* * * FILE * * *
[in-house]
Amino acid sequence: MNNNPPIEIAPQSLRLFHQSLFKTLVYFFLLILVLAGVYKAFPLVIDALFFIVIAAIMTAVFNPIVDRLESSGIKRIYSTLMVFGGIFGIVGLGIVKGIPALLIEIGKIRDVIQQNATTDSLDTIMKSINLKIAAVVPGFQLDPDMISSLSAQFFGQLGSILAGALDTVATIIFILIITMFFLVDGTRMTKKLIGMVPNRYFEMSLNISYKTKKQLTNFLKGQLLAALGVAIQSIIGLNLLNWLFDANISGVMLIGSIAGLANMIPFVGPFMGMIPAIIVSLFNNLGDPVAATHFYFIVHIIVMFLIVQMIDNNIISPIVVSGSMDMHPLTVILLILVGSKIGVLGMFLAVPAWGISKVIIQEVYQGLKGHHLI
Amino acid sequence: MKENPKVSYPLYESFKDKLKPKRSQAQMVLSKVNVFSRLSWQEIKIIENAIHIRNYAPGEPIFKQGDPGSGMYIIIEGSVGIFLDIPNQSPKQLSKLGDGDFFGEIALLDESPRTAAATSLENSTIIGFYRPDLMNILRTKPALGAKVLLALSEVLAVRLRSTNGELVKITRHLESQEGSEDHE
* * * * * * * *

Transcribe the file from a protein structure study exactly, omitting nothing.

[in-house]
Amino acid sequence: MNNNPPIEIAPQSLRLFHQSLFKTLVYFFLLILVLAGVYKAFPLVIDALFFIVIAAIMTAVFNPIVDRLESSGIKRIYSTLMVFGGIFGIVGLGIVKGIPALLIEIGKIRDVIQQNATTDSLDTIMKSINLKIAAVVPGFQLDPDMISSLSAQFFGQLGSILAGALDTVATIIFILIITMFFLVDGTRMTKKLIGMVPNRYFEMSLNISYKTKKQLTNFLKGQLLAALGVAIQSIIGLNLLNWLFDANISGVMLIGSIAGLANMIPFVGPFMGMIPAIIVSLFNNLGDPVAATHFYFIVHIIVMFLIVQMIDNNIISPIVVSGSMDMHPLTVILLILVGSKIGVLGMFLAVPAWGISKVIIQEVYQGLKGHHLI
Amino acid sequence: MKENPKVSYPLYESFKDKLKPKRSQAQMVLSKVNVFSRLSWQEIKIIENAIHIRNYAPGEPIFKQGDPGSGMYIIIEGSVGIFLDIPNQSPKQLSKLGDGDFFGEIALLDESPRTAAATSLENSTIIGFYRPDLMNILRTKPALGAKVLLALSEVLAVRLRSTNGELVKITRHLESQEGSEDHE